re: Adventure Memes/Duration Memes

Aaron Lynch (
Thu, 28 May 1998 10:27:12 -0500

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Date: Thu, 28 May 1998 10:27:12 -0500
From: Aaron Lynch <>
Subject: re: Adventure Memes/Duration Memes
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I'm not sure that Karthik was really trying to identify the
epidemic/endemic distinction. In the case of early Christianity, the meme
set doubled at a rate of about once per 20 years over a course of centuries
until it was endemic in the Roman empire. (Stark, 1996) During those early
centuries, it was essentially a slow-motion epidemic, but it would qualify
as a "duration meme" in Karthik's terminology because of its evolved
mechanisms for long-term preservation of belief. Similar slow-motion
epidemics are currently in progress, such as Mormonism (e.g., Lynch, 1996).

For mathematical models, what we really need are unified theories that do
not care whether a meme is epidemic, endemic, or in between these
conditions. Building memetic equations directly from memetic event rate
parameters rather than by attempting to identify isomorphisms to work done
for other infectious agents strikes me as the surest path to take, since
this work is required in demonstrating an isomorphism anyway. I have
presented equations that take account of vertical (parent to child) and
horizontal (peer to peer) transmission events, as well as dropout and
mortality events, in my recent paper at JOM-EMIT (Lynch, 1998). This
provides a method that can be expanded to applications where more specific
event types are identified and quantified. These equations apply equally
well whether propagation is in an epidemic or endemic phase.

Lynch, A. 1996. Thought Contagion: How Belief Spreads Through Society. New
York: Basic Books.
Lynch, A. 1998. Units, Events, and Dynamics in Memetic Evolution. Journal
of Memetics 2, #1,
Stark, R. 1996. The Rise of Christianity. Princeton: Princeton University

>If I interpret you correctly, the distinction you make between
>adventure memes and duration memes is essentially the same as
>Sperber (1985) makes between what he calls 'epidemic and endemic
>Sperber writes (1985, p.74):
>'For instance, a representation can be cultural in different ways:
>some are slowly transmitted over generations; they are what we
>call traditions and are comparable to endemics; other
>representations, typical of modern cultures, spread rapidly
>through a whole population but have a short life-span; they are
>what we call fashions and are comparable to epidemics.'
>The use of epidemic modelling in what we would now call memetics
>(although of course it wasn't in those days), dates back I think
>to the work of Rashevsky in the early 50s. There was a whole glut
>of papers in a journal called Bulletin of Mathematical Biophysics
>(I am still chasing them up), on epidemiological models of
>cultural change. For example Rashevsky N. (1949) Mathematical
>biology of social behaviour I. Bull. Math. Biophys. 11, 105-113.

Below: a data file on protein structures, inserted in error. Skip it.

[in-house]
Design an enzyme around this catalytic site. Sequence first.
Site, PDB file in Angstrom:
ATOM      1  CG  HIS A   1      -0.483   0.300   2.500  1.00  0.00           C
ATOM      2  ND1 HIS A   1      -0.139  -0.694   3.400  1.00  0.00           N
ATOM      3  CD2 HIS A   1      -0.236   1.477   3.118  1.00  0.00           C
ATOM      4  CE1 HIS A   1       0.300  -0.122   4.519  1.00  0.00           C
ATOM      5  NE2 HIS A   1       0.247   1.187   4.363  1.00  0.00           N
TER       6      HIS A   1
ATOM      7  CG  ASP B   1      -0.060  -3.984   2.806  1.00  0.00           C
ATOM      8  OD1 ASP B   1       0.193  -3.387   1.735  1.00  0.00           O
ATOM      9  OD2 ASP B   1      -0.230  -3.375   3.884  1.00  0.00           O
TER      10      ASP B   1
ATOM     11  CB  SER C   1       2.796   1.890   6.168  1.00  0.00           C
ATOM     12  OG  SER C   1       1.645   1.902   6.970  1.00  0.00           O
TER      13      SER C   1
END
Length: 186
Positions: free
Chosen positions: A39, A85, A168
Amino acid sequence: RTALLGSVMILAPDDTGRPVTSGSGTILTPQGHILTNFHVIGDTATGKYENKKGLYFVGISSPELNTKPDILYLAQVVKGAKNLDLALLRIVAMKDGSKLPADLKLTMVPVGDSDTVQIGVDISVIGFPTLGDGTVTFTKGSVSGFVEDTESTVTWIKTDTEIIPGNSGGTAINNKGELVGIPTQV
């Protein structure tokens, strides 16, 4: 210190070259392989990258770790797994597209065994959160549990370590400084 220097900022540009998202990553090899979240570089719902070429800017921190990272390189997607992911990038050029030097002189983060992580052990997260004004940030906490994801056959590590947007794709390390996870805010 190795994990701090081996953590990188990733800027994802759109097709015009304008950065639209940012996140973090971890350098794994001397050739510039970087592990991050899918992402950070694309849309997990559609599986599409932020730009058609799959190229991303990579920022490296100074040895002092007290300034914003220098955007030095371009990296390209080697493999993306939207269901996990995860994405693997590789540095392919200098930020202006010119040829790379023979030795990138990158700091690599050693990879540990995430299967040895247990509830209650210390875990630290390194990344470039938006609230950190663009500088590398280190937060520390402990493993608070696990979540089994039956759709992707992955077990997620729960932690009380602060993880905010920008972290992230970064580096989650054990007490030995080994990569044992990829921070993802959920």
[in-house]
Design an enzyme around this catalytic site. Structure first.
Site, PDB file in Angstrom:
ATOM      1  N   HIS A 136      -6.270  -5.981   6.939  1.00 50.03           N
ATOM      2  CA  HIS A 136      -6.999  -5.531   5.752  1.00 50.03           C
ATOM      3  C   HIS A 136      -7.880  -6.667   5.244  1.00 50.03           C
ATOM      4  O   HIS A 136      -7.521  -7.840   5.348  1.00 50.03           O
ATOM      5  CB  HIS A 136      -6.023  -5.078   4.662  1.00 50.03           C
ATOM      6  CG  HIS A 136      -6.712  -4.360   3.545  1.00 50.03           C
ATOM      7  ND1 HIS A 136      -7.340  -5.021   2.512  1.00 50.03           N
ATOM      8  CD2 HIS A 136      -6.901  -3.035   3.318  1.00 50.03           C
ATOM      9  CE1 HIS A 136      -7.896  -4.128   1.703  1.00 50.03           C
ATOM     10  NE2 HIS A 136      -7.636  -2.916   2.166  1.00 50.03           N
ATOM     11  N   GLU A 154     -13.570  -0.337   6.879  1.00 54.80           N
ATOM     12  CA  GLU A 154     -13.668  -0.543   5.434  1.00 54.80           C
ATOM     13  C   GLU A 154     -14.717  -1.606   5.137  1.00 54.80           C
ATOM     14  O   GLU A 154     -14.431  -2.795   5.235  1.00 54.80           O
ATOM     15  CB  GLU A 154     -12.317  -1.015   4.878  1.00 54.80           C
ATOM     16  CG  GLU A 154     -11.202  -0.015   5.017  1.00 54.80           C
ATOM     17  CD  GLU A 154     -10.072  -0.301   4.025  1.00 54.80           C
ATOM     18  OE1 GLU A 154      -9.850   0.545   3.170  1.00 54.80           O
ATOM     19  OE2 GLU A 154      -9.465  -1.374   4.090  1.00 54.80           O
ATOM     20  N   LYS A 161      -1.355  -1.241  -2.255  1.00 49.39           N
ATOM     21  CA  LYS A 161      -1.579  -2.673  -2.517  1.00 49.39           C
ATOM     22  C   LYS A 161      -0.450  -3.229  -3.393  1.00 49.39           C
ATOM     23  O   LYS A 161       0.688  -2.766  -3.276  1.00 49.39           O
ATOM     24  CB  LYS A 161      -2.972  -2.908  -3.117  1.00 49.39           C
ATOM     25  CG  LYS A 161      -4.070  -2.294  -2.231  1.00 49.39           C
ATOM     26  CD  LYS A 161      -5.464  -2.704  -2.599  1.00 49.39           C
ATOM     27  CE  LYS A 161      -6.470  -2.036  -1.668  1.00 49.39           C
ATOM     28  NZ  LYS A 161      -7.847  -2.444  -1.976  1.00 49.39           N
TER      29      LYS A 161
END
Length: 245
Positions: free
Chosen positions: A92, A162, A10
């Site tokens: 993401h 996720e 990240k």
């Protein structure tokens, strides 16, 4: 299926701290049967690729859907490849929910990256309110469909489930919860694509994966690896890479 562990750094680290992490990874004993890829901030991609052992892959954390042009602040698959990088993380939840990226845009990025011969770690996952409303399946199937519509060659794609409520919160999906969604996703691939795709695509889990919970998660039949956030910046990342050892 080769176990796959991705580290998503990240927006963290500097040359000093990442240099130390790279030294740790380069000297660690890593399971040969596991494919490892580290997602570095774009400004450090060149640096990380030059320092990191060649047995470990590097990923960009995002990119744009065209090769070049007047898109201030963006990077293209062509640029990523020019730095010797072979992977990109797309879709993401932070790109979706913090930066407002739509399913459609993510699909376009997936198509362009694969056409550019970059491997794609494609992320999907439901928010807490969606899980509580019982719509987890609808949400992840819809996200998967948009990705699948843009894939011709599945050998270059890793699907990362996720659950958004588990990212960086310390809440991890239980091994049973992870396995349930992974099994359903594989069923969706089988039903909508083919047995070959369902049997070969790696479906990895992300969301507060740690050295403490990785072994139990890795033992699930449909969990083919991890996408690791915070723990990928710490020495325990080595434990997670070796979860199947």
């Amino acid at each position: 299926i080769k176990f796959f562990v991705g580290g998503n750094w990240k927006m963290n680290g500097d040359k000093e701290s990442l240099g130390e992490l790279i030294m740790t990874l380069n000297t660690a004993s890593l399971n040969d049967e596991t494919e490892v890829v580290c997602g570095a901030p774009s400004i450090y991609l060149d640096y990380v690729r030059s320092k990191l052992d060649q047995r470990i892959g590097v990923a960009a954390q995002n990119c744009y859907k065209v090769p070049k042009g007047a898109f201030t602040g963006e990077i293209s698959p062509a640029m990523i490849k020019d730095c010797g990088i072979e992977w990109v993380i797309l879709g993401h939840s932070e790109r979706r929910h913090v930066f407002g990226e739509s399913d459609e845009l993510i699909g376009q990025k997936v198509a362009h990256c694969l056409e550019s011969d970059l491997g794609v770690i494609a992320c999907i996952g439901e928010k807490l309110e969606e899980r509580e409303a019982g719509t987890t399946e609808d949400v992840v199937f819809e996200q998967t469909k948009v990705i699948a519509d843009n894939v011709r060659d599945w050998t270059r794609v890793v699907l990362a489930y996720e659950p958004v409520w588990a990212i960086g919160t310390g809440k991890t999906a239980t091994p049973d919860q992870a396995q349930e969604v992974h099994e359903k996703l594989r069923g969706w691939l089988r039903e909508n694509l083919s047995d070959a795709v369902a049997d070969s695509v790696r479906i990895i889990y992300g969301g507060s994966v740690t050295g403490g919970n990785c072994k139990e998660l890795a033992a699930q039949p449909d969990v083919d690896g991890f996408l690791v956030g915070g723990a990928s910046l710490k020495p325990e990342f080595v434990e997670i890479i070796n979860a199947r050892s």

>This is epidemic modelling, and there are no shortage of current
>epidemic models. For endemic modelling (your duration memes) we
>have to turn to Cavalli-Sforza and Feldman (1981, p.53) who write:
>'The theory of endemics is still in its infancy. It may be of
>importance for....improving our understanding of the maintenance
>of social customs and habits that are...present over long periods
>of time.'
>Cavalli-Sforza and Feldman suggest an adaptation of the endemic
>model of Dietz (this is 1972, but in a rather difficult-to-find
>book - in any case it is given in Cavalli-Sforza and Feldman p.
>51. equ. 1.10.6)
>Just how 'endemic' some socieities are (in your terms how much of
>our cultural baggage is durational rather than adventurous) can be
>seen by a glance at Hewlett and Cavalli-Sforza's (1983) analysis
>of the Aka pygmies. Virtually every cultural trait (ie. meme, if
>you agree on the correspondence) that they examine is known to
>upwards of 90% of the population. The only exceptions are cooking
>skills which are only known to 46.7% of adult males (vs. all adult
>females) and hunting skills which are only known to 77.5% of adult
>females (vs. 100% of adult males) Helwett and Cavalli-Sforza
>(1983, p.931)
>In fact. the only convincing demonstration that these authors make
>of a recent cultural 'epidemic' is the change from bow-and-arrow
>to crossbow in hunting. This spread recently and rapidly through
>the whole population (possibly due to the selective advantage it
>gives to hunting ability).
>Cavalli-Sforza LL and Feldman MW (1981) Cultural Transmission and
>Evolution. Princeton University Press.
>Hewlett BS and Cavalli-Sforza LL (1983) Cultural transmission
>among Aka pygmies. American Anthropologist 88, 922-934.
>Sperber D (1985) Anthropology and psychology: towards an
>epidemiology of representations. Man 20, 73-89.
>Hope this helps.
>Derek Gatherer

--Aaron Lynch

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